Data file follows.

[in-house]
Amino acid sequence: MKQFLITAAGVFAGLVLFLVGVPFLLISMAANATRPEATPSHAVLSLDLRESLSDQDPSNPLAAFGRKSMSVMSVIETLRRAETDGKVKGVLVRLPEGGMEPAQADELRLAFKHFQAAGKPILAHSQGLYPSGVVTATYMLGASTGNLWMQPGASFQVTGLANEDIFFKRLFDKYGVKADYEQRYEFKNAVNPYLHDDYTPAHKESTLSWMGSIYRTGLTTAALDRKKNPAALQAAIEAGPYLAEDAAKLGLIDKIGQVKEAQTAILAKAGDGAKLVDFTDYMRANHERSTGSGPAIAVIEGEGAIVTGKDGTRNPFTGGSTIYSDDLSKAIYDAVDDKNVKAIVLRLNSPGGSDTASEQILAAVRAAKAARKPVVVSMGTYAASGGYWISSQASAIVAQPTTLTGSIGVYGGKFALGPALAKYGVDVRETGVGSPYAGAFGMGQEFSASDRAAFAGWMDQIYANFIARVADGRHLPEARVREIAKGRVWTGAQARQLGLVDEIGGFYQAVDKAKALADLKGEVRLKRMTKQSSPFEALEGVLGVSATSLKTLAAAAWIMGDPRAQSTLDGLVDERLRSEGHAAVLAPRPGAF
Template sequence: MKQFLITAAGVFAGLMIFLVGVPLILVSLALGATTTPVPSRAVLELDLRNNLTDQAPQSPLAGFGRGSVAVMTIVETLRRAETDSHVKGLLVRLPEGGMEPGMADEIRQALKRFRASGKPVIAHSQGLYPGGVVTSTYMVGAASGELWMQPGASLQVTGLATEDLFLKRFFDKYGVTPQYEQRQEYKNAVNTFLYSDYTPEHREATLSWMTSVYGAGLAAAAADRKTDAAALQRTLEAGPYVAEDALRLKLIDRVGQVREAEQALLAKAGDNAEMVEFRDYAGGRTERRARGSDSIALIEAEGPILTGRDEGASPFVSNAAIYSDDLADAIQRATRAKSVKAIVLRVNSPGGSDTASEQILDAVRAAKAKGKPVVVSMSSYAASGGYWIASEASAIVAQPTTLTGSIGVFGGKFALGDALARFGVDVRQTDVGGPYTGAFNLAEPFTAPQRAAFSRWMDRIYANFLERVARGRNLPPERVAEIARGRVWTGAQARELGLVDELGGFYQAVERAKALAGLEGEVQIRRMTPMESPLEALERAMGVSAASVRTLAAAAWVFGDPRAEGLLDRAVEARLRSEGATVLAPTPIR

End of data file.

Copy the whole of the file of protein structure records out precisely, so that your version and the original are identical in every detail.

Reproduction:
[in-house]
Amino acid sequence: MKQFLITAAGVFAGLVLFLVGVPFLLISMAANATRPEATPSHAVLSLDLRESLSDQDPSNPLAAFGRKSMSVMSVIETLRRAETDGKVKGVLVRLPEGGMEPAQADELRLAFKHFQAAGKPILAHSQGLYPSGVVTATYMLGASTGNLWMQPGASFQVTGLANEDIFFKRLFDKYGVKADYEQRYEFKNAVNPYLHDDYTPAHKESTLSWMGSIYRTGLTTAALDRKKNPAALQAAIEAGPYLAEDAAKLGLIDKIGQVKEAQTAILAKAGDGAKLVDFTDYMRANHERSTGSGPAIAVIEGEGAIVTGKDGTRNPFTGGSTIYSDDLSKAIYDAVDDKNVKAIVLRLNSPGGSDTASEQILAAVRAAKAARKPVVVSMGTYAASGGYWISSQASAIVAQPTTLTGSIGVYGGKFALGPALAKYGVDVRETGVGSPYAGAFGMGQEFSASDRAAFAGWMDQIYANFIARVADGRHLPEARVREIAKGRVWTGAQARQLGLVDEIGGFYQAVDKAKALADLKGEVRLKRMTKQSSPFEALEGVLGVSATSLKTLAAAAWIMGDPRAQSTLDGLVDERLRSEGHAAVLAPRPGAF
Template sequence: MKQFLITAAGVFAGLMIFLVGVPLILVSLALGATTTPVPSRAVLELDLRNNLTDQAPQSPLAGFGRGSVAVMTIVETLRRAETDSHVKGLLVRLPEGGMEPGMADEIRQALKRFRASGKPVIAHSQGLYPGGVVTSTYMVGAASGELWMQPGASLQVTGLATEDLFLKRFFDKYGVTPQYEQRQEYKNAVNTFLYSDYTPEHREATLSWMTSVYGAGLAAAAADRKTDAAALQRTLEAGPYVAEDALRLKLIDRVGQVREAEQALLAKAGDNAEMVEFRDYAGGRTERRARGSDSIALIEAEGPILTGRDEGASPFVSNAAIYSDDLADAIQRATRAKSVKAIVLRVNSPGGSDTASEQILDAVRAAKAKGKPVVVSMSSYAASGGYWIASEASAIVAQPTTLTGSIGVFGGKFALGDALARFGVDVRQTDVGGPYTGAFNLAEPFTAPQRAAFSRWMDRIYANFLERVARGRNLPPERVAEIARGRVWTGAQARELGLVDELGGFYQAVERAKALAGLEGEVQIRRMTPMESPLEALERAMGVSAASVRTLAAAAWVFGDPRAEGLLDRAVEARLRSEGATVLAPTPIR